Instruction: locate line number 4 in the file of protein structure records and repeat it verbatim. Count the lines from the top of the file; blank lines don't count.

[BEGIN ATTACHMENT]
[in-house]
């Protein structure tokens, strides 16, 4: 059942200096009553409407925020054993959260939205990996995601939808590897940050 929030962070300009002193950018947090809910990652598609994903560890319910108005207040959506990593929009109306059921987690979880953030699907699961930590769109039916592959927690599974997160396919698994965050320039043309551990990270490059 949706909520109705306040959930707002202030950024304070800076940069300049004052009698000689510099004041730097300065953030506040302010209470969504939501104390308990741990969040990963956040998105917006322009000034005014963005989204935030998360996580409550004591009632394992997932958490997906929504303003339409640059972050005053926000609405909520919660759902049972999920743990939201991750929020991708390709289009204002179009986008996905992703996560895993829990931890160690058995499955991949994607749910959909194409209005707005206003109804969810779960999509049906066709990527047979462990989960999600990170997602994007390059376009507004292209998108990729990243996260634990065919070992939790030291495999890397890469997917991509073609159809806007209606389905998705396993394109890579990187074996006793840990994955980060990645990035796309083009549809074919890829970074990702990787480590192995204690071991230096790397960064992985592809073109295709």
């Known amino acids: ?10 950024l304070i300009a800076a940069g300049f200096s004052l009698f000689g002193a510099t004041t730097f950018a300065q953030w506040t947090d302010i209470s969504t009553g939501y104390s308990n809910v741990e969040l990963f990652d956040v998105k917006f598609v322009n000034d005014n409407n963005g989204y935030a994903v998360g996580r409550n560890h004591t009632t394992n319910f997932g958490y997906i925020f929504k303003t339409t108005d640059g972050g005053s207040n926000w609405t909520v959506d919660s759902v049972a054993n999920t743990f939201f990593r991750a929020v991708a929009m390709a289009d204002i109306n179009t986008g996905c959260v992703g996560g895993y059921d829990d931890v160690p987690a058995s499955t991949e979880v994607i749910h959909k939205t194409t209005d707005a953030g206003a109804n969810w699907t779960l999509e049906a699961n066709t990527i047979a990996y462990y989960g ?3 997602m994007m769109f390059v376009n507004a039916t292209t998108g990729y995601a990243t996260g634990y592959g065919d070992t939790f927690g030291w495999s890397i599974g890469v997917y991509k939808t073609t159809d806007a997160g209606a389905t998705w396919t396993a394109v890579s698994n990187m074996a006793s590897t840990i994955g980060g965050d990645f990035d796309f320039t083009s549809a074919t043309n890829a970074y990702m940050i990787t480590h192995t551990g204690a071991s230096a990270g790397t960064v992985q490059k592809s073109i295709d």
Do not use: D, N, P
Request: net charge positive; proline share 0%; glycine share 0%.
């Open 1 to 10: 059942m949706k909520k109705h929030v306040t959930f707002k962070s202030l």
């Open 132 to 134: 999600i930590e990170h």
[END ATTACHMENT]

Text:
Do not use: D, N, P